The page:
This article was originally published by Radio Free Asia and is reprinted with permission.
A veteran reporter known for covering rights abuses in Indonesia’s militarized and restive Papua region said a bomb exploded outside his residence on Monday, with a journalists group calling it an act of intimidation that threatened press freedom.
No one was injured in the blast near his home in the provincial capital, Jayapura, said Victor Mambor, editor of Papua’s leading news website, Jubi, and a contributor to BenarNews and other media.
Police said they were investigating the explosion and that no one had yet claimed responsibility.
“Yes, someone threw a bomb,” Papua Police spokesperson Ignatius Benny told BenarNews. “The motive and perpetrators are unknown.”
Mambor said he heard the sound of a motorcycle at about 4 a.m. and then an explosion about a minute later. “It was so loud that my house shook like there was an earthquake,” he told BenarNews.
“I also checked the source of the explosion and smelled sulfur coming from the side of the house.”
The explosion left a hole in the road, he said.
The incident was not the first to occur outside Mambor’s home. In April 2021, windows were smashed and paint sprayed on his car in the middle of the night.
Mambor is also an advocate for press freedom in Papua. In that role, he has criticized Jakarta’s restrictions on the media in Papua, as well as its other policies in his troubled home province.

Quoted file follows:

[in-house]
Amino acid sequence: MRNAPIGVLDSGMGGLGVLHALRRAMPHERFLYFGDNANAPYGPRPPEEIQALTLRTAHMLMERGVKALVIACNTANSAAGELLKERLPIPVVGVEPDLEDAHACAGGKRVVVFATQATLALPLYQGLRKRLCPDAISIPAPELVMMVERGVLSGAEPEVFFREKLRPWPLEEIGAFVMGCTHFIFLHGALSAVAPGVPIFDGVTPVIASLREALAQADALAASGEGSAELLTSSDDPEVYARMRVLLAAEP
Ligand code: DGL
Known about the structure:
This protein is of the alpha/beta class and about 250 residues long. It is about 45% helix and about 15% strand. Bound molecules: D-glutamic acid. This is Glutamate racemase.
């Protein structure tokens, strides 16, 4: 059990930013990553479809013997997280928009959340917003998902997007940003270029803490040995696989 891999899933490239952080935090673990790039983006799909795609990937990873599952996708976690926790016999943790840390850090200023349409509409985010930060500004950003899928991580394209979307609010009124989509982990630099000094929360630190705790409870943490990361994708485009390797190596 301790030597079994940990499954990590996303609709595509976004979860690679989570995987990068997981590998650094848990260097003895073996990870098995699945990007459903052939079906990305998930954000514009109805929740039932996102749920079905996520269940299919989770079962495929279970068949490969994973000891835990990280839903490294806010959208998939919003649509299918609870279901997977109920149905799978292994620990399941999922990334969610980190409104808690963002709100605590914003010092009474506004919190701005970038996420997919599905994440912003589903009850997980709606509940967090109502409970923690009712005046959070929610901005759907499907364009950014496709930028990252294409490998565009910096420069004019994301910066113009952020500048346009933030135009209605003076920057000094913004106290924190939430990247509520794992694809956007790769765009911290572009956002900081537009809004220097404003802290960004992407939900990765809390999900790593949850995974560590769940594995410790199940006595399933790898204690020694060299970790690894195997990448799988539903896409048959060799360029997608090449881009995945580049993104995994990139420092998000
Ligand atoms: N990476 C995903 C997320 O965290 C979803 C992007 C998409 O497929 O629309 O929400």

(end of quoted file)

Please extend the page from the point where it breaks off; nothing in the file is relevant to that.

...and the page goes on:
Indonesian journalists’ organization AJI awarded Mambor its press freedom award in August 2022, saying that through Jubi, “Victor brings more voices from Papua, amid domination of information that is biased, one-sided and discriminatory.”
The Jayapura branch of AJI, which stands for Alliance of Independent Journalists, called the explosion outside Mambor’s house on Monday a “terrorist bombing.”
“AJI in Jayapura strongly condemns the terrorist bombing and considers this an act of intimidation that threatens press freedom in Papua,” it said in a statement.
“AJI Jayapura calls on all journalists in the land of Papua to continue to voice the truth despite obstacles. Justice should be upheld even though the sky is falling,” said AJI Chairman Lucky Ireeuw.
Amnesty International Indonesia urged the police to find those responsible.
“The police must thoroughly investigate this incident, because this is not the first time … meaning there was an omission that made the perpetrators feel free to do it again, to intimidate and threaten journalists,” Amnesty’s campaign manager in Indonesia, Nurina Savitri, told BenarNews.
The Papua region, located at the eastern end of the Indonesian archipelago, has been the site of a decades-old separatist insurgency where both government security forces and rebels have been accused of committing atrocities against civilians.
Foreign journalists have been largely barred from the area, with the government insisting it could not guarantee their safety. Indonesian journalists allege that officials make their work difficult by refusing to provide information.
The armed elements of the independence movement have stepped up lethal attacks on Indonesian security forces, civilians and targets such as construction of a trans-Papua highway that would make the Papuan highlands more accessible.
Human Rights Watch, meanwhile, has accused Indonesian security forces of intimidation, arbitrary arrests, torture, extrajudicial killings and mass forced displacement in Papua.
Last month, Indonesian activist group KontraS said 36 people were killed by security forces and separatist rebels in the Papua and West Papua provinces in 2022, an increase from 28 in 2021.